Colour Values

A necessary tangent here. Calling this blending technique a multiplication operation may seem confusing to any of you who are familiar with Photoshop and digital colour. Multiplying the colour value {128, 128, 128} (50% grey) by itself would surely produce the horrendously unrepresentable {16384, 16384, 16384}, but if you try this in photoshop, the resulting colour value is {64, 64, 64}. (25% grey)

Inside a graphics library such as OpenGL – or in NL2s case, DirectX – colour values are converted from 0..255 ranges into 0..1 ranges. Therefore, 0.0 is black, 0.5 is medium grey and 1.0 is white. Mathematical operations on colours are now much more useful, with an effect being that multiplying two non-HDR images together will always produce a darker (or equal) result. For our example above, rather than calculating 128 x 128, we actually calculated 0.5 x 0.5, resulting in 0.25. When converted back into the 0..255 range, that gave us the result of {64, 64, 64}.

Just bear in mind that in the shading language in NL2, you have to specify all of your colour values in 0..1 ranges. To convert to 0..1 range, just divide the RGB value by 255, and multiply the 0..1 range by 255 to get back to RGB. (You don’t need to convert anything between these two ranges in your shaders, this is just to help you pick colours)

Shading: Specularity

Once your happy with how the two diffuse texture were combined, applying our specular map is straightforward. I’ve stored the specular map in the alpha channel of our main diffuse texture, so all we need to do is assign that channel to “Specular”, another register like Result.

Result.rgb = Mul(Tex0, Tex1);
Specular = Tex0.a;

In my specular map, the metal currently has zero specularity, I can increase that by adding a value across the whole texture. each pixel value is increased by 0.1, and in the case of materials that were already at 1.0, such as the chrome areas, values that exceed 1.0 are clipped back to 1.0 when rendered.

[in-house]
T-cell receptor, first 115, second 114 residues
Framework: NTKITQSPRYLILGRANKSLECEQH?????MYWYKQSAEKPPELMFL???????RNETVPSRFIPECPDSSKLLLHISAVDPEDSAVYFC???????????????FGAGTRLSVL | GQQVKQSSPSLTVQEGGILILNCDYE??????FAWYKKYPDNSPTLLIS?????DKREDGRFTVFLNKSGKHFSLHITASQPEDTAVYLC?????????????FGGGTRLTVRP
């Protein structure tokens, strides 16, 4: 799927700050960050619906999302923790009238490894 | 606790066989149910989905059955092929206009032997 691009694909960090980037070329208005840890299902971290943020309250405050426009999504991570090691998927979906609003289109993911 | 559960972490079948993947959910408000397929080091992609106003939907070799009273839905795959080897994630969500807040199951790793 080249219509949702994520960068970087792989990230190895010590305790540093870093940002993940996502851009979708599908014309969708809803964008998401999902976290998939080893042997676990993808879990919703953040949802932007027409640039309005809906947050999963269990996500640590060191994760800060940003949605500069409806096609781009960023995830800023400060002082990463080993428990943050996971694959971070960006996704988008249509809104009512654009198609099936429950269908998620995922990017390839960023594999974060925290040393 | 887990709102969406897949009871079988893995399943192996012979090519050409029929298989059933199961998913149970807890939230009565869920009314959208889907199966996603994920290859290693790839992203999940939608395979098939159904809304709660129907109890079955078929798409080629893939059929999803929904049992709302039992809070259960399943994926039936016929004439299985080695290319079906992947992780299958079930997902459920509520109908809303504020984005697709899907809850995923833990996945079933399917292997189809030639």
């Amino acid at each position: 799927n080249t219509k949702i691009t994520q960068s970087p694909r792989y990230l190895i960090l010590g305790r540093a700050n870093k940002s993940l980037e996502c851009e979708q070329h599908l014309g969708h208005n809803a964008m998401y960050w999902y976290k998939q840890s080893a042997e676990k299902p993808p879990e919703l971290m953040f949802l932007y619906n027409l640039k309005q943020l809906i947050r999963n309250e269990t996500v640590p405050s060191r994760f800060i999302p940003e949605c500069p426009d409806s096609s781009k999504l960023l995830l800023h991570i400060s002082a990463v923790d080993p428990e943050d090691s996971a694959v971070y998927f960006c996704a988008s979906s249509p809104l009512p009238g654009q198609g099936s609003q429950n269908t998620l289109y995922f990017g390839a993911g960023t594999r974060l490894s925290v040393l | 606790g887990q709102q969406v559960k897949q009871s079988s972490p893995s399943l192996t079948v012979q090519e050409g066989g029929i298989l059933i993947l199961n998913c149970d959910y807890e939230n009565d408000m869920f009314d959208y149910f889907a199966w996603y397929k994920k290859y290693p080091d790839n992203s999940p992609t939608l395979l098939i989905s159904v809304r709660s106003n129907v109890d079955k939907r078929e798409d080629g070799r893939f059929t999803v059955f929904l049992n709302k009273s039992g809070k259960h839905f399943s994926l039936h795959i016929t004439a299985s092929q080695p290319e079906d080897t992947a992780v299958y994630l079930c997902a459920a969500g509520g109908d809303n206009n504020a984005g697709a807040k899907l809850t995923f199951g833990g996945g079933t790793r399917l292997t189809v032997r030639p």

Result.rgb = Mul(Tex0, Tex1);
Specular = Add(Tex0.a, 0.1);

Specularity effects are a lot easier to discern in motion, but you can instantly see an improvement in the metal handles, which look far shinier than the rest of the model. You may also to be able to see that the decal is now more specular that the surrounding metal on the face that is catching the sun.


A cool thing about reflections is that their strength is also mapped to the Specular registers, therefore the specular map is also a reflection map, as long as we have reflections enabled in NL2MAT. You should set the reflection properties for the most reflective physical material in your texture. Becuase I have a chromed handle, I have set the fresnel to 1.0, fully reflective.


One of the great features of NL2 Pro that doesn’t seem to be used that often is the ability to capture cubemap screenshots. These can be fed straight back into the game for improved reflections. NL2 generates a default cubemap based on the environment and terrain, but to include objects and other details, you’ll need to create a custom cubemap, and import it into the box in the interface shown above. (ensure the ordering is the same as listed)

The custom cubemap gains a lot of detail, but because it is captured from a static viewpoint, it becomes incorrect as you move around the scene. You should therefore either use the cubemap on a material where the reflections are heavily distorted by the normal map, or you should blur the cubemap by capturing them with the “Cube-screenshot Filter-Passes” Picture export option set to a high number. (range 0-100 accepted, around >30 for significant blur)

Cubemaps will be a requirement in interior scenes or areas with strong lighting cues. For example, this tile floor in Point solitude uses a custom cubemap reflection: